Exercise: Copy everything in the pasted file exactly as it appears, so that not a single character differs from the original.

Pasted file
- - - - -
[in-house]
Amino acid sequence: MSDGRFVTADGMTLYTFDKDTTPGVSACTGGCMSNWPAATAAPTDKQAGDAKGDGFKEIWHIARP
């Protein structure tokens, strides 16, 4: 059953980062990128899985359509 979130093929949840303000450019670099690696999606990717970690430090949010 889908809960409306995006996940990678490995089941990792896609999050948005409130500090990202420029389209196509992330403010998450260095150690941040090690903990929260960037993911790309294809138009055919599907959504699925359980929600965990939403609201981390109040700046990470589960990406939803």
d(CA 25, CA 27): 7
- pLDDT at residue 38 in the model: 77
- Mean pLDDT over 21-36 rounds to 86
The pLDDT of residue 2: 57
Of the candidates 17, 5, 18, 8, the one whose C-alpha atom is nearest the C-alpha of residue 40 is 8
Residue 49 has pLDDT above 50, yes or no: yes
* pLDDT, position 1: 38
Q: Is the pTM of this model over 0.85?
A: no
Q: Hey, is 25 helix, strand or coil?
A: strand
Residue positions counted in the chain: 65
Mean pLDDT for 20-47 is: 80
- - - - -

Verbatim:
[in-house]
Amino acid sequence: MSDGRFVTADGMTLYTFDKDTTPGVSACTGGCMSNWPAATAAPTDKQAGDAKGDGFKEIWHIARP
């Protein structure tokens, strides 16, 4: 059953980062990128899985359509 979130093929949840303000450019670099690696999606990717970690430090949010 889908809960409306995006996940990678490995089941990792896609999050948005409130500090990202420029389209196509992330403010998450260095150690941040090690903990929260960037993911790309294809138009055919599907959504699925359980929600965990939403609201981390109040700046990470589960990406939803």
d(CA 25, CA 27): 7
- pLDDT at residue 38 in the model: 77
- Mean pLDDT over 21-36 rounds to 86
The pLDDT of residue 2: 57
Of the candidates 17, 5, 18, 8, the one whose C-alpha atom is nearest the C-alpha of residue 40 is 8
Residue 49 has pLDDT above 50, yes or no: yes
* pLDDT, position 1: 38
Q: Is the pTM of this model over 0.85?
A: no
Q: Hey, is 25 helix, strand or coil?
A: strand
Residue positions counted in the chain: 65
Mean pLDDT for 20-47 is: 80